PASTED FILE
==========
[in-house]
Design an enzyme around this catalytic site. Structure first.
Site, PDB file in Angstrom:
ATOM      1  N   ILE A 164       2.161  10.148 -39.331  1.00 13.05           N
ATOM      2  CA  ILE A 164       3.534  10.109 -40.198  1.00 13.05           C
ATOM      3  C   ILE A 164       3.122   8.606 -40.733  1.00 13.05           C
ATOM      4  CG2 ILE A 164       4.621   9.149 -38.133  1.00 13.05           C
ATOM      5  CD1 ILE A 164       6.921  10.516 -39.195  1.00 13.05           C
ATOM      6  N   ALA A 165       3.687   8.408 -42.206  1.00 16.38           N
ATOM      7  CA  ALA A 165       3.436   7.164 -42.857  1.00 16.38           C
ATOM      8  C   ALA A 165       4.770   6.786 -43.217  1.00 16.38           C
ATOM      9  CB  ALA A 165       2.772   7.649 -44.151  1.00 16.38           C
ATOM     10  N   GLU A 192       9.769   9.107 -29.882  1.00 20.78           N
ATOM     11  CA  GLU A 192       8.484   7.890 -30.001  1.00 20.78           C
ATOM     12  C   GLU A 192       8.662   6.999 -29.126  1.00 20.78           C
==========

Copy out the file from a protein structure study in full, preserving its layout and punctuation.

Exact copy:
[in-house]
Design an enzyme around this catalytic site. Structure first.
Site, PDB file in Angstrom:
ATOM      1  N   ILE A 164       2.161  10.148 -39.331  1.00 13.05           N
ATOM      2  CA  ILE A 164       3.534  10.109 -40.198  1.00 13.05           C
ATOM      3  C   ILE A 164       3.122   8.606 -40.733  1.00 13.05           C
ATOM      4  CG2 ILE A 164       4.621   9.149 -38.133  1.00 13.05           C
ATOM      5  CD1 ILE A 164       6.921  10.516 -39.195  1.00 13.05           C
ATOM      6  N   ALA A 165       3.687   8.408 -42.206  1.00 16.38           N
ATOM      7  CA  ALA A 165       3.436   7.164 -42.857  1.00 16.38           C
ATOM      8  C   ALA A 165       4.770   6.786 -43.217  1.00 16.38           C
ATOM      9  CB  ALA A 165       2.772   7.649 -44.151  1.00 16.38           C
ATOM     10  N   GLU A 192       9.769   9.107 -29.882  1.00 20.78           N
ATOM     11  CA  GLU A 192       8.484   7.890 -30.001  1.00 20.78           C
ATOM     12  C   GLU A 192       8.662   6.999 -29.126  1.00 20.78           C